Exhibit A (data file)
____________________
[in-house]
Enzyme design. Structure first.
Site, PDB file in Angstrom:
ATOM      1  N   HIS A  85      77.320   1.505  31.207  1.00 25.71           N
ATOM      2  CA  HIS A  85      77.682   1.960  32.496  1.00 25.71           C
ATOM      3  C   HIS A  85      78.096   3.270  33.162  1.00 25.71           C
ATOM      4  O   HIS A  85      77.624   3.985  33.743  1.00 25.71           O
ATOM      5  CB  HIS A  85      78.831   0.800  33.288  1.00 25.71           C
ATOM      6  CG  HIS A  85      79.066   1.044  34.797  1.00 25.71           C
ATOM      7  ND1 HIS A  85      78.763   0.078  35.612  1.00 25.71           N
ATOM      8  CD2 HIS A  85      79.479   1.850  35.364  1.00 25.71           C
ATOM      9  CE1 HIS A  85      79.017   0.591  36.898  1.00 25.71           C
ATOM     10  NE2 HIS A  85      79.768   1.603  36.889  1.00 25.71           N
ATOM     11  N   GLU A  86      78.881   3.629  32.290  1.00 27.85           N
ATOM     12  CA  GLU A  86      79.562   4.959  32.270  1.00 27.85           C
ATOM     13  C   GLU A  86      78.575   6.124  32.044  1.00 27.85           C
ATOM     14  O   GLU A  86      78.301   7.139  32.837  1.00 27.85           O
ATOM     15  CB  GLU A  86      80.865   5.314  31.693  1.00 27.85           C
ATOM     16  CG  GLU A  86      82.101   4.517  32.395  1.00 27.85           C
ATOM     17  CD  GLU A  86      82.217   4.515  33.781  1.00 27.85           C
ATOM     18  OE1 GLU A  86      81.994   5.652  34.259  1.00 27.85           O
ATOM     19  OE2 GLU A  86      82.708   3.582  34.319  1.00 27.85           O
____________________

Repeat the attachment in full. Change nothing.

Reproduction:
[in-house]
Enzyme design. Structure first.
Site, PDB file in Angstrom:
ATOM      1  N   HIS A  85      77.320   1.505  31.207  1.00 25.71           N
ATOM      2  CA  HIS A  85      77.682   1.960  32.496  1.00 25.71           C
ATOM      3  C   HIS A  85      78.096   3.270  33.162  1.00 25.71           C
ATOM      4  O   HIS A  85      77.624   3.985  33.743  1.00 25.71           O
ATOM      5  CB  HIS A  85      78.831   0.800  33.288  1.00 25.71           C
ATOM      6  CG  HIS A  85      79.066   1.044  34.797  1.00 25.71           C
ATOM      7  ND1 HIS A  85      78.763   0.078  35.612  1.00 25.71           N
ATOM      8  CD2 HIS A  85      79.479   1.850  35.364  1.00 25.71           C
ATOM      9  CE1 HIS A  85      79.017   0.591  36.898  1.00 25.71           C
ATOM     10  NE2 HIS A  85      79.768   1.603  36.889  1.00 25.71           N
ATOM     11  N   GLU A  86      78.881   3.629  32.290  1.00 27.85           N
ATOM     12  CA  GLU A  86      79.562   4.959  32.270  1.00 27.85           C
ATOM     13  C   GLU A  86      78.575   6.124  32.044  1.00 27.85           C
ATOM     14  O   GLU A  86      78.301   7.139  32.837  1.00 27.85           O
ATOM     15  CB  GLU A  86      80.865   5.314  31.693  1.00 27.85           C
ATOM     16  CG  GLU A  86      82.101   4.517  32.395  1.00 27.85           C
ATOM     17  CD  GLU A  86      82.217   4.515  33.781  1.00 27.85           C
ATOM     18  OE1 GLU A  86      81.994   5.652  34.259  1.00 27.85           O
ATOM     19  OE2 GLU A  86      82.708   3.582  34.319  1.00 27.85           O